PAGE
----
Extending and Accepting Hospitality
Nov 22, 2015
Key 6: Welcome others; be hospitable.
A native son was returning home to Philippi, and the Apostle Paul–writing from his prison cell in Rome–instructed this small, struggling group of Christians to welcome Epaphroditus with joy. From beginning to end, the Bible is full of injunctions to be welcoming and hospitable. I tend to think of hospitality as a gift, and certainly we all know some people who excel in entertaining, who have a knack for making everyone feel comfortable and welcome. However, the Apostle, who had a lot to say about spiritual gifts, did not include hospitality on his lists of gifts that some might have. Instead, he wrote unequivocally to the Romans, “Practice hospitality.”
One of the shocks that many new widows experience is the loss of couple friends. After a few weeks or months, the invitations to dinner and weekend parties dry up. Many women are relegated to a social life segregated by gender and limited to daytime, weekday hours. That first Christmas is a lonely affair. She may not feel like partying, but sitting home alone night after night is miserable, and the possibility of Christmas Eve and Christmas Day alone is terrifying. Thoughtful friends find ways to include her.
However, widows are not exempt from the admonition to practice hospitality. Instead of throwing a pity party, we can reach out to others. We can fill our homes with friends. In September I wrote about 6 Good Reasons to Entertain at Home Alone, so I won’t repeat myself, except for the last point–benefiting from the joy of anticipation:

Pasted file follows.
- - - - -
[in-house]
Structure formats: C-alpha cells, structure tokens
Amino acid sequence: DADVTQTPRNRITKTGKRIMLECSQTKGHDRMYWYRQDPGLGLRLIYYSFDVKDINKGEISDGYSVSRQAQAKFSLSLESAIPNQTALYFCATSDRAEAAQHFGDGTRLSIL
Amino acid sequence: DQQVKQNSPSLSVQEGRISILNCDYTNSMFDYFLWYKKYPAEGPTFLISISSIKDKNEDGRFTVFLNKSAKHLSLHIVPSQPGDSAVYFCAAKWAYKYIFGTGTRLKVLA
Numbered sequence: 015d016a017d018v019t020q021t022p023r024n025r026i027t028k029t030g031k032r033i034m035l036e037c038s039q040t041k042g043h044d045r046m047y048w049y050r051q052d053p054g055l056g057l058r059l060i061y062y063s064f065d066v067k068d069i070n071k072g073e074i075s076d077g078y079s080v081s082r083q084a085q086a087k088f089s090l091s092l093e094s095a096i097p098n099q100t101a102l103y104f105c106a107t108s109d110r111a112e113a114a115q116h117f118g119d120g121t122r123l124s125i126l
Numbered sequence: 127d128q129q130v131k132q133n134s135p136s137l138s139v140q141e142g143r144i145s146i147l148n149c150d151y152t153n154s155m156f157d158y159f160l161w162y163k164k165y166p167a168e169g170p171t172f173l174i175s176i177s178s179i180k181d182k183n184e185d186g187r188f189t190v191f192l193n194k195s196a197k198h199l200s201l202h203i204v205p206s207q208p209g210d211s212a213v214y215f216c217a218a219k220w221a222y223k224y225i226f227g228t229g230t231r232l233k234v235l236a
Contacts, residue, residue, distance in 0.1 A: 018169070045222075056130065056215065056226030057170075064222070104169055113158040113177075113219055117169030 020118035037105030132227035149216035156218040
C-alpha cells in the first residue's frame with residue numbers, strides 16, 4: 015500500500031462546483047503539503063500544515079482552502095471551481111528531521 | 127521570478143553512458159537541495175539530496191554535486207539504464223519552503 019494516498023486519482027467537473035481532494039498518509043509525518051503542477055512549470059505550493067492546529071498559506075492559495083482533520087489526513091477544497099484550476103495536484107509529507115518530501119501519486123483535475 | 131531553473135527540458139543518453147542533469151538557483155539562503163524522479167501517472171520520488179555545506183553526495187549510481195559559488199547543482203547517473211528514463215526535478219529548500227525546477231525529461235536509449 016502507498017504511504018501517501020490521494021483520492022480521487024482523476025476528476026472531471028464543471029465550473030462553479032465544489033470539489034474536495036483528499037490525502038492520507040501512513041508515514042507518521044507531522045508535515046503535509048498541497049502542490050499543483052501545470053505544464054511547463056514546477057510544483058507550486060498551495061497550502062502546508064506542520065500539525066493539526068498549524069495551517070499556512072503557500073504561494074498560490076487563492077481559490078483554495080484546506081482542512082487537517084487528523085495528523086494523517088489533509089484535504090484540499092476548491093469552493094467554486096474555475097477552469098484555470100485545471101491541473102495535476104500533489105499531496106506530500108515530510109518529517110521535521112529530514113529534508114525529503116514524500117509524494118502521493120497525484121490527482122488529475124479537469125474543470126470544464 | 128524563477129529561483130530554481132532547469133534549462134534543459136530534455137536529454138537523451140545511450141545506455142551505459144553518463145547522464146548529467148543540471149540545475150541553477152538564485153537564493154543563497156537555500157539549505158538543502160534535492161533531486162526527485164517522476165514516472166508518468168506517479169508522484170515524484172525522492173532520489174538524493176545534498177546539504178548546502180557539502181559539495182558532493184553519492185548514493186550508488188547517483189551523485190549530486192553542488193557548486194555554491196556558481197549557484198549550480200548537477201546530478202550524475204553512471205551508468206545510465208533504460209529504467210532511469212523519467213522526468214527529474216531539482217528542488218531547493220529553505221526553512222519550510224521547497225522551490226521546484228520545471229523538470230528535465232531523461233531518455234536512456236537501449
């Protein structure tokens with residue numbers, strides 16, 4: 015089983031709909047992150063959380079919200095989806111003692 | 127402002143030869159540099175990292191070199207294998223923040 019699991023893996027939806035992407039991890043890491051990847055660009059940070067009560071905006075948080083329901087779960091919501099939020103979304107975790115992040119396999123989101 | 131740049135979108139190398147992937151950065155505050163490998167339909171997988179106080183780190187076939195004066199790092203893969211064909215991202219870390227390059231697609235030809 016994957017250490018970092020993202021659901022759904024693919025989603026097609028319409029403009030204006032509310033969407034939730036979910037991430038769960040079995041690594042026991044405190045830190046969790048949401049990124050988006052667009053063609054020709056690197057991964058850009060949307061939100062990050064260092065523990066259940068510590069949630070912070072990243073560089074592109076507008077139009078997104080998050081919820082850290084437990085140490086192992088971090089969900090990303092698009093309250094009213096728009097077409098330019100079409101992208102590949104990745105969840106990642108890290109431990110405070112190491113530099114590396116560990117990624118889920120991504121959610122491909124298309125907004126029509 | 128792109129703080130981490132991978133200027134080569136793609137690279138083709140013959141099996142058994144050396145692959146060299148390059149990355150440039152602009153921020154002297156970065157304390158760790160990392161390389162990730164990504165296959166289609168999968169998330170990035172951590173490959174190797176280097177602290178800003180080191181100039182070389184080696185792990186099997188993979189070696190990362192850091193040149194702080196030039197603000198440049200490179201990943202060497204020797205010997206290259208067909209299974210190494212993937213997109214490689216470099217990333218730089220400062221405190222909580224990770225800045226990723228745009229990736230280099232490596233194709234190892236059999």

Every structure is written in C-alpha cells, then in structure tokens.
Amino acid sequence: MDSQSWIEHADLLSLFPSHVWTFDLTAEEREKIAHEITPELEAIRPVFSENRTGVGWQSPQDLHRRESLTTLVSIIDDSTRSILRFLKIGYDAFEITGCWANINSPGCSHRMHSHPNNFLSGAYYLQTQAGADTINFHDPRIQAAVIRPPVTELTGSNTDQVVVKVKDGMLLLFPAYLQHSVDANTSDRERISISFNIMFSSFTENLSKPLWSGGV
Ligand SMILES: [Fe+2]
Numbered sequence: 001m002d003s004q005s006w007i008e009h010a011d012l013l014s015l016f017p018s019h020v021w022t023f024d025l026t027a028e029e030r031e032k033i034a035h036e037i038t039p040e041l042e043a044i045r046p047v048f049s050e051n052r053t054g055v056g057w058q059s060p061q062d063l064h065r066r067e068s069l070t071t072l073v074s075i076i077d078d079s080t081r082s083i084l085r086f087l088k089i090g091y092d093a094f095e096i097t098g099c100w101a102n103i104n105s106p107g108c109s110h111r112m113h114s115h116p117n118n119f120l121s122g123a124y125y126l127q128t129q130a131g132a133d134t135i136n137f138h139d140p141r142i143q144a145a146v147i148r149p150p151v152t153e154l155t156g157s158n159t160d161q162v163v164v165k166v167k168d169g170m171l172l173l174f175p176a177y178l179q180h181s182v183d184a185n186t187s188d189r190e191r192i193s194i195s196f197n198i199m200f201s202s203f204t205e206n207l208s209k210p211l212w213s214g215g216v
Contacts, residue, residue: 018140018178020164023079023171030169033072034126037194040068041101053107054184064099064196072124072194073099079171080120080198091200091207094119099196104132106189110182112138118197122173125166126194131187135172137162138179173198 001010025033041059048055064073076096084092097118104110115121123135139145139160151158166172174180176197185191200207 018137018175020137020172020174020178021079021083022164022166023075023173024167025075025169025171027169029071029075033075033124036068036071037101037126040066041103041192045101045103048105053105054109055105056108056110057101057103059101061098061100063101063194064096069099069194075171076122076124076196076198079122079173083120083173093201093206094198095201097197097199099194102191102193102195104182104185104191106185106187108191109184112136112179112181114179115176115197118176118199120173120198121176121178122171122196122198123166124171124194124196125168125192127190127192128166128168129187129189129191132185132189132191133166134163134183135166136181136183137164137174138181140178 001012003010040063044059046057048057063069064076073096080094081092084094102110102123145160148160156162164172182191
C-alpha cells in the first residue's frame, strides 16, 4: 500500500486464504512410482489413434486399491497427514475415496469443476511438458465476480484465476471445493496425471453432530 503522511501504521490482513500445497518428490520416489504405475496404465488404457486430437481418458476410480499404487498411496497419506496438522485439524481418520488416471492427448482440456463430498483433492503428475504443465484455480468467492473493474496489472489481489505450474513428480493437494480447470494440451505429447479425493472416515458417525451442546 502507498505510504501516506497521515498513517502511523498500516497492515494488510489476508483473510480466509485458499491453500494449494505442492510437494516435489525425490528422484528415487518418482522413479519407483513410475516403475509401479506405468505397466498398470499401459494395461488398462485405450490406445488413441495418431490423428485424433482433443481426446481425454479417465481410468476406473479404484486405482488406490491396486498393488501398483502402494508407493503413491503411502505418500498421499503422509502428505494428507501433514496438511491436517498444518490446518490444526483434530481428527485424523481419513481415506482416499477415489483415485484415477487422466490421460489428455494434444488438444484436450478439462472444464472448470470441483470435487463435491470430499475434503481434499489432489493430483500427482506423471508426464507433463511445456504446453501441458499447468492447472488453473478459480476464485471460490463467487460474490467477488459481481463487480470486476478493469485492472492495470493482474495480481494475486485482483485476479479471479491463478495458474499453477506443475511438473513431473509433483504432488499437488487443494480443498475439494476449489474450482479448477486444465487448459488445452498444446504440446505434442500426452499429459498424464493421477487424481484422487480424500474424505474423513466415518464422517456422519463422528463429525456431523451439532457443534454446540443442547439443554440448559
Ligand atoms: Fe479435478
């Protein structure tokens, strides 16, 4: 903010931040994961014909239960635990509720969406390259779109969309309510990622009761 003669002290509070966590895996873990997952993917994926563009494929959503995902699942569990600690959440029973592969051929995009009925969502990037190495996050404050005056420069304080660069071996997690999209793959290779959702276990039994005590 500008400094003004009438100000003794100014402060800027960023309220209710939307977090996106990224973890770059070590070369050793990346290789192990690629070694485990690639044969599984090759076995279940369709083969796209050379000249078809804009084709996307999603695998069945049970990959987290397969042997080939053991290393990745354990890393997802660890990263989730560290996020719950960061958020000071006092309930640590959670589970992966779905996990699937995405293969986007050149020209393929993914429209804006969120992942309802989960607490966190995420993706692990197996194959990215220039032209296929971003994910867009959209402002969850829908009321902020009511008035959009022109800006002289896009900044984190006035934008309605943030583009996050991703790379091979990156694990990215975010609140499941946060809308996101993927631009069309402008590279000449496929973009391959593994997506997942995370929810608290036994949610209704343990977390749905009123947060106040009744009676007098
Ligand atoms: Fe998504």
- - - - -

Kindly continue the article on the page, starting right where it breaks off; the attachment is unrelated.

6. Anticipate. I’ve saved the most important reason until last. C.S. Lewis wrote that joy has two components—memory and anticipation. More recent studies suggest that anticipation is a stronger and more positive force than memory. As widows, we can live on our memories of the past or we can create opportunities to live with anticipation—always one more thing on the calendar to look forward to. And when we give a party, we share that gift of anticipation with our friends.
We can take those very events that are our sinkholes—holidays, anniversaries, even long weekends—and turn them into keenly anticipated, enjoyed moments. And we create new happy memories. For example, most of us find that our social life slows down on weekends when our married friends are spending time with their spouses. A Sunday night supper fills that hole: Friday grocery shopping, Saturday getting the house in order, Sunday cooking. A widow in Amarillo addressed her dread of coming home to her empty house from the family gathering on Christmas day by having an annual multigenerational open house on Christmas night. She stayed busy getting ready for her party—no time to brood or wallow in self-pity—and her party became the hottest ticket in town. Everyone wants to go to big Christmas parties, but few want to host them.
No one needs to feel like her home is too small or her budget too modest to entertain. You can invite a handful of people to come for wine and cheese before—or coffee and dessert after—a concert or other big event. Cook a big pot of soup for a Sunday night supper. Invite friends to share potluck. For your single friends at least, it is all about spending time with friends. Food is just the excuse to get together.
Photos: Top, a beautiful dinner party given by old friends who regularly include their widowed friends. Click on the thumbnail of the open Bible to see the full list of 12 keys to reclaiming joy.